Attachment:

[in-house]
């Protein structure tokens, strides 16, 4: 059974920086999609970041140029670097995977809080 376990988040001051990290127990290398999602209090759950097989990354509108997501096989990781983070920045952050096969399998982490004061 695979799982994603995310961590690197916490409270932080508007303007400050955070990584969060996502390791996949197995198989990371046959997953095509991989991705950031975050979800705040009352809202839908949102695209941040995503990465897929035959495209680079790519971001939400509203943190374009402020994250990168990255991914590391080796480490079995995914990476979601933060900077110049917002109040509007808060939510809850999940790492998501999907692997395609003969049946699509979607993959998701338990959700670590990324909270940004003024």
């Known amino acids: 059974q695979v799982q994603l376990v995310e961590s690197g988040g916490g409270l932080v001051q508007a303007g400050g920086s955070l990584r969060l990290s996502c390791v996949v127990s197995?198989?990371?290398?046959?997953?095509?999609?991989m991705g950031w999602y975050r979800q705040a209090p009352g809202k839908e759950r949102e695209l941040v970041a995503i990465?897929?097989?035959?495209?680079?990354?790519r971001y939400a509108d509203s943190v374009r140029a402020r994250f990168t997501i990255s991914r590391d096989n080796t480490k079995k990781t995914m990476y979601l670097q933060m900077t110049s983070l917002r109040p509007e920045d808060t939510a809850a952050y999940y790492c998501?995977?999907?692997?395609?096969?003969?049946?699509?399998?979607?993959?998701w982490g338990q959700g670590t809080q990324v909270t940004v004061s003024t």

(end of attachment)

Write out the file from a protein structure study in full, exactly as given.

[in-house]
């Protein structure tokens, strides 16, 4: 059974920086999609970041140029670097995977809080 376990988040001051990290127990290398999602209090759950097989990354509108997501096989990781983070920045952050096969399998982490004061 695979799982994603995310961590690197916490409270932080508007303007400050955070990584969060996502390791996949197995198989990371046959997953095509991989991705950031975050979800705040009352809202839908949102695209941040995503990465897929035959495209680079790519971001939400509203943190374009402020994250990168990255991914590391080796480490079995995914990476979601933060900077110049917002109040509007808060939510809850999940790492998501999907692997395609003969049946699509979607993959998701338990959700670590990324909270940004003024």
């Known amino acids: 059974q695979v799982q994603l376990v995310e961590s690197g988040g916490g409270l932080v001051q508007a303007g400050g920086s955070l990584r969060l990290s996502c390791v996949v127990s197995?198989?990371?290398?046959?997953?095509?999609?991989m991705g950031w999602y975050r979800q705040a209090p009352g809202k839908e759950r949102e695209l941040v970041a995503i990465?897929?097989?035959?495209?680079?990354?790519r971001y939400a509108d509203s943190v374009r140029a402020r994250f990168t997501i990255s991914r590391d096989n080796t480490k079995k990781t995914m990476y979601l670097q933060m900077t110049s983070l917002r109040p509007e920045d808060t939510a809850a952050y999940y790492c998501?995977?999907?692997?395609?096969?003969?049946?699509?399998?979607?993959?998701w982490g338990q959700g670590t809080q990324v909270t940004v004061s003024t």